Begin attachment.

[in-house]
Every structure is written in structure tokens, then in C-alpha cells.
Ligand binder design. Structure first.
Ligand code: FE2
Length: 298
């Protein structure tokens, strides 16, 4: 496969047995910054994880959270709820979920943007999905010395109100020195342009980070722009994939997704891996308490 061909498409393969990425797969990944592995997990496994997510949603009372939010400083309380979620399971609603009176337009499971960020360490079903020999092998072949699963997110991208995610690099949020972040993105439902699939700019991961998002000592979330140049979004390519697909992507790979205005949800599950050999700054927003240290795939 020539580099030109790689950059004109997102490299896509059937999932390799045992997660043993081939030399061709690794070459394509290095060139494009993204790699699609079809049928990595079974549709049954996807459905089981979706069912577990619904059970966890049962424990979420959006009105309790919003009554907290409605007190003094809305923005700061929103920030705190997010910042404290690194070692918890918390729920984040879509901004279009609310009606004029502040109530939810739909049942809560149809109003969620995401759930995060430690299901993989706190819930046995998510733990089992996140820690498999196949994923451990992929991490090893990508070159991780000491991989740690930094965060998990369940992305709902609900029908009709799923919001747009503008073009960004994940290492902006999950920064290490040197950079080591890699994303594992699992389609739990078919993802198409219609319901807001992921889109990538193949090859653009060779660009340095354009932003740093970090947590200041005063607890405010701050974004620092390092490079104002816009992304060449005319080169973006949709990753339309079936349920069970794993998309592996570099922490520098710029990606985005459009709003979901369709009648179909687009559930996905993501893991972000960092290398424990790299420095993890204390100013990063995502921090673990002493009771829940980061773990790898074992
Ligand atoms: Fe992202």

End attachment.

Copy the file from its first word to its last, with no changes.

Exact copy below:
[in-house]
Every structure is written in structure tokens, then in C-alpha cells.
Ligand binder design. Structure first.
Ligand code: FE2
Length: 298
């Protein structure tokens, strides 16, 4: 496969047995910054994880959270709820979920943007999905010395109100020195342009980070722009994939997704891996308490 061909498409393969990425797969990944592995997990496994997510949603009372939010400083309380979620399971609603009176337009499971960020360490079903020999092998072949699963997110991208995610690099949020972040993105439902699939700019991961998002000592979330140049979004390519697909992507790979205005949800599950050999700054927003240290795939 020539580099030109790689950059004109997102490299896509059937999932390799045992997660043993081939030399061709690794070459394509290095060139494009993204790699699609079809049928990595079974549709049954996807459905089981979706069912577990619904059970966890049962424990979420959006009105309790919003009554907290409605007190003094809305923005700061929103920030705190997010910042404290690194070692918890918390729920984040879509901004279009609310009606004029502040109530939810739909049942809560149809109003969620995401759930995060430690299901993989706190819930046995998510733990089992996140820690498999196949994923451990992929991490090893990508070159991780000491991989740690930094965060998990369940992305709902609900029908009709799923919001747009503008073009960004994940290492902006999950920064290490040197950079080591890699994303594992699992389609739990078919993802198409219609319901807001992921889109990538193949090859653009060779660009340095354009932003740093970090947590200041005063607890405010701050974004620092390092490079104002816009992304060449005319080169973006949709990753339309079936349920069970794993998309592996570099922490520098710029990606985005459009709003979901369709009648179909687009559930996905993501893991972000960092290398424990790299420095993890204390100013990063995502921090673990002493009771829940980061773990790898074992
Ligand atoms: Fe992202």